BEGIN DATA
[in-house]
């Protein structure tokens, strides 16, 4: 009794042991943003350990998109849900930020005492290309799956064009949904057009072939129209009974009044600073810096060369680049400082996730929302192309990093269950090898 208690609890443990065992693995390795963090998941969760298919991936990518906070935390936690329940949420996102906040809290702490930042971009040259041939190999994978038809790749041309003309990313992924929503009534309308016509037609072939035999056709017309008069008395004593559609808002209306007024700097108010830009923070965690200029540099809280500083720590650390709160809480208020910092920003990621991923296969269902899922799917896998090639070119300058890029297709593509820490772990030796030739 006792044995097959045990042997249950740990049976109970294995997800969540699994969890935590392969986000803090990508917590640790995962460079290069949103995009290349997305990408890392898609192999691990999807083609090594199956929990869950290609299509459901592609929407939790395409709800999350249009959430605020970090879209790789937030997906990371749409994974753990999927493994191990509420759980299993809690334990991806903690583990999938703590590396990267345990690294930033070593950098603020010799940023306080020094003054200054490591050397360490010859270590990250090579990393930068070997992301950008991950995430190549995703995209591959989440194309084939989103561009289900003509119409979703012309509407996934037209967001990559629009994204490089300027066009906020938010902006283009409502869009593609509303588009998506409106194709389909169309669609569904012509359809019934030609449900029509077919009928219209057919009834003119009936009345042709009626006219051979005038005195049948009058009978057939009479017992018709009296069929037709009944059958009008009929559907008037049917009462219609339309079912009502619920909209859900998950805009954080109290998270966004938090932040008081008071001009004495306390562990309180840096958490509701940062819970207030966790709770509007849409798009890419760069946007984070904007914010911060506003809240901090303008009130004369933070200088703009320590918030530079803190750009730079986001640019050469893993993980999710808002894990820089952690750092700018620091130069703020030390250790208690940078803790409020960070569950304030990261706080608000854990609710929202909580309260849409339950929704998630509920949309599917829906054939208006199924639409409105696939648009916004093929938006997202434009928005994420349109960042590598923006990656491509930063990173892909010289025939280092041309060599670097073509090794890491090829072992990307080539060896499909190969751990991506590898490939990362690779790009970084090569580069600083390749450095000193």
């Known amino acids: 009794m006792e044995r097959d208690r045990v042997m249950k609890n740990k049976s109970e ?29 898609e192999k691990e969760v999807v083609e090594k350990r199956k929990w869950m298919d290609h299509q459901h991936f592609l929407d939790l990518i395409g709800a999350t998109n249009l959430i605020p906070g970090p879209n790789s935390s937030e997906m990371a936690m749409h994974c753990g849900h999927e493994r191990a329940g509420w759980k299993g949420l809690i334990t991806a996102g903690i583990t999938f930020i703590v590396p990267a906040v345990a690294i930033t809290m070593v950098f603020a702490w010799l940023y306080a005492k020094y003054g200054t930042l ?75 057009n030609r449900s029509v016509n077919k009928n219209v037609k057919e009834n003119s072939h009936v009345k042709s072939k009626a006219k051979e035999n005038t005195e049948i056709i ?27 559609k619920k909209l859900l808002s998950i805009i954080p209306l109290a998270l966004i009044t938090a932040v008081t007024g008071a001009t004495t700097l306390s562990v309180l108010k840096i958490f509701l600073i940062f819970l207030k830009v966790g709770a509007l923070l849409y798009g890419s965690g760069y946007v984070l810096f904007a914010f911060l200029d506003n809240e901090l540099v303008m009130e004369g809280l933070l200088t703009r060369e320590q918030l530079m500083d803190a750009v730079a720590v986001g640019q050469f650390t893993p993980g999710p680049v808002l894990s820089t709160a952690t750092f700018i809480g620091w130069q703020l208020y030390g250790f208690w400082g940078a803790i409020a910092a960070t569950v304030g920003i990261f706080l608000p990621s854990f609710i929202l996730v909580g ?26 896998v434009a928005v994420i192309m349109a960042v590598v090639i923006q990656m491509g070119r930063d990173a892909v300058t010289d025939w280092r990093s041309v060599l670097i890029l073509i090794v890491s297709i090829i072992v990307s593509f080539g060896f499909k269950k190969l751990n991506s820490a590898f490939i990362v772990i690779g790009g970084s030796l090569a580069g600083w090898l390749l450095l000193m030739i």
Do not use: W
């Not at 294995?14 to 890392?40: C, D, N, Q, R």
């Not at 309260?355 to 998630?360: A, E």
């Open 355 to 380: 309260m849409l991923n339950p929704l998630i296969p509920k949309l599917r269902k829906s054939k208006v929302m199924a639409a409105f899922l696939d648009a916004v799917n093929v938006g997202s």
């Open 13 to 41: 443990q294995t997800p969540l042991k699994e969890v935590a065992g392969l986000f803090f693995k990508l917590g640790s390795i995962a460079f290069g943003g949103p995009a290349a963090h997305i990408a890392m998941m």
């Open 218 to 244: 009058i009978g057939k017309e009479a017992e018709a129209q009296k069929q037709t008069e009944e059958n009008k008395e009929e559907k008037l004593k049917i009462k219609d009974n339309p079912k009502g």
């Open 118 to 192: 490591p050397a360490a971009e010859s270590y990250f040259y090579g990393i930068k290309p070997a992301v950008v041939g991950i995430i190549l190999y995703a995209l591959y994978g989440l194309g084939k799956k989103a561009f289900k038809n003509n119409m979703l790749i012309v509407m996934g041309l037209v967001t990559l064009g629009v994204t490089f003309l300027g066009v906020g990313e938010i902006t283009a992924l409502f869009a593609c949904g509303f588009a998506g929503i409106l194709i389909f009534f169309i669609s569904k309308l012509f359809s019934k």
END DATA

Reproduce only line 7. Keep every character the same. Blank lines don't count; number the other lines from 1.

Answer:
């Open 355 to 380: 309260m849409l991923n339950p929704l998630i296969p509920k949309l599917r269902k829906s054939k208006v929302m199924a639409a409105f899922l696939d648009a916004v799917n093929v938006g997202s």